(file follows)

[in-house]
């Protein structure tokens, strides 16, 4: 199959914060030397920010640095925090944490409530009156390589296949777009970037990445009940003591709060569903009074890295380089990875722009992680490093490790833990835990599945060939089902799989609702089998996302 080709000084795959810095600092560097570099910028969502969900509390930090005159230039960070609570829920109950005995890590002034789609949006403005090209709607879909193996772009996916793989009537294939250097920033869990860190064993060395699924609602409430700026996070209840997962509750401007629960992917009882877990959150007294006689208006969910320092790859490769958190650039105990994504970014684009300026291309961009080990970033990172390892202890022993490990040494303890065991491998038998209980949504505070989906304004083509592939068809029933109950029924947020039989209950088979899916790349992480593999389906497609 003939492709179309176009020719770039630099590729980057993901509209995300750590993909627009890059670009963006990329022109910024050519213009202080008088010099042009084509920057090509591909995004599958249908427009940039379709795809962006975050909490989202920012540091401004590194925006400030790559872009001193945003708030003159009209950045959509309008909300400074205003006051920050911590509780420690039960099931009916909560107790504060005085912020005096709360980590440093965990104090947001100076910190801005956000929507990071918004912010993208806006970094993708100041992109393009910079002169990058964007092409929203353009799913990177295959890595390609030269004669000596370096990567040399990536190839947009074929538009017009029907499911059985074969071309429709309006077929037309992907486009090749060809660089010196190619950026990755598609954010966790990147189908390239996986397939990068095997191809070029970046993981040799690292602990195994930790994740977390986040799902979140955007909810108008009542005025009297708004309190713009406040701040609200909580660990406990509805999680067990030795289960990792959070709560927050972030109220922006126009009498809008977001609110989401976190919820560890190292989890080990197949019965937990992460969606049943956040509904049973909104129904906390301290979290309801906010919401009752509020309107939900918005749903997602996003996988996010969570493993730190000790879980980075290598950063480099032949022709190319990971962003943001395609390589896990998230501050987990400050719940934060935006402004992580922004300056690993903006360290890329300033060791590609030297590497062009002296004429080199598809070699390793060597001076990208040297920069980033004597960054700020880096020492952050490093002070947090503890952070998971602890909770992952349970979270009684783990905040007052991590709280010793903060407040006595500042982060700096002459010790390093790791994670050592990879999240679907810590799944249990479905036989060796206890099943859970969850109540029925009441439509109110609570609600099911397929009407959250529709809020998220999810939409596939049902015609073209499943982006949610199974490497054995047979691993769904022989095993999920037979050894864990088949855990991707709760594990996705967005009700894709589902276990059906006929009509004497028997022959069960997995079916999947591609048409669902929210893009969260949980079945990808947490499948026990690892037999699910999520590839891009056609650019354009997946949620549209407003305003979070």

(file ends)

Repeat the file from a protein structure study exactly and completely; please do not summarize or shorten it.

[in-house]
């Protein structure tokens, strides 16, 4: 199959914060030397920010640095925090944490409530009156390589296949777009970037990445009940003591709060569903009074890295380089990875722009992680490093490790833990835990599945060939089902799989609702089998996302 080709000084795959810095600092560097570099910028969502969900509390930090005159230039960070609570829920109950005995890590002034789609949006403005090209709607879909193996772009996916793989009537294939250097920033869990860190064993060395699924609602409430700026996070209840997962509750401007629960992917009882877990959150007294006689208006969910320092790859490769958190650039105990994504970014684009300026291309961009080990970033990172390892202890022993490990040494303890065991491998038998209980949504505070989906304004083509592939068809029933109950029924947020039989209950088979899916790349992480593999389906497609 003939492709179309176009020719770039630099590729980057993901509209995300750590993909627009890059670009963006990329022109910024050519213009202080008088010099042009084509920057090509591909995004599958249908427009940039379709795809962006975050909490989202920012540091401004590194925006400030790559872009001193945003708030003159009209950045959509309008909300400074205003006051920050911590509780420690039960099931009916909560107790504060005085912020005096709360980590440093965990104090947001100076910190801005956000929507990071918004912010993208806006970094993708100041992109393009910079002169990058964007092409929203353009799913990177295959890595390609030269004669000596370096990567040399990536190839947009074929538009017009029907499911059985074969071309429709309006077929037309992907486009090749060809660089010196190619950026990755598609954010966790990147189908390239996986397939990068095997191809070029970046993981040799690292602990195994930790994740977390986040799902979140955007909810108008009542005025009297708004309190713009406040701040609200909580660990406990509805999680067990030795289960990792959070709560927050972030109220922006126009009498809008977001609110989401976190919820560890190292989890080990197949019965937990992460969606049943956040509904049973909104129904906390301290979290309801906010919401009752509020309107939900918005749903997602996003996988996010969570493993730190000790879980980075290598950063480099032949022709190319990971962003943001395609390589896990998230501050987990400050719940934060935006402004992580922004300056690993903006360290890329300033060791590609030297590497062009002296004429080199598809070699390793060597001076990208040297920069980033004597960054700020880096020492952050490093002070947090503890952070998971602890909770992952349970979270009684783990905040007052991590709280010793903060407040006595500042982060700096002459010790390093790791994670050592990879999240679907810590799944249990479905036989060796206890099943859970969850109540029925009441439509109110609570609600099911397929009407959250529709809020998220999810939409596939049902015609073209499943982006949610199974490497054995047979691993769904022989095993999920037979050894864990088949855990991707709760594990996705967005009700894709589902276990059906006929009509004497028997022959069960997995079916999947591609048409669902929210893009969260949980079945990808947490499948026990690892037999699910999520590839891009056609650019354009997946949620549209407003305003979070």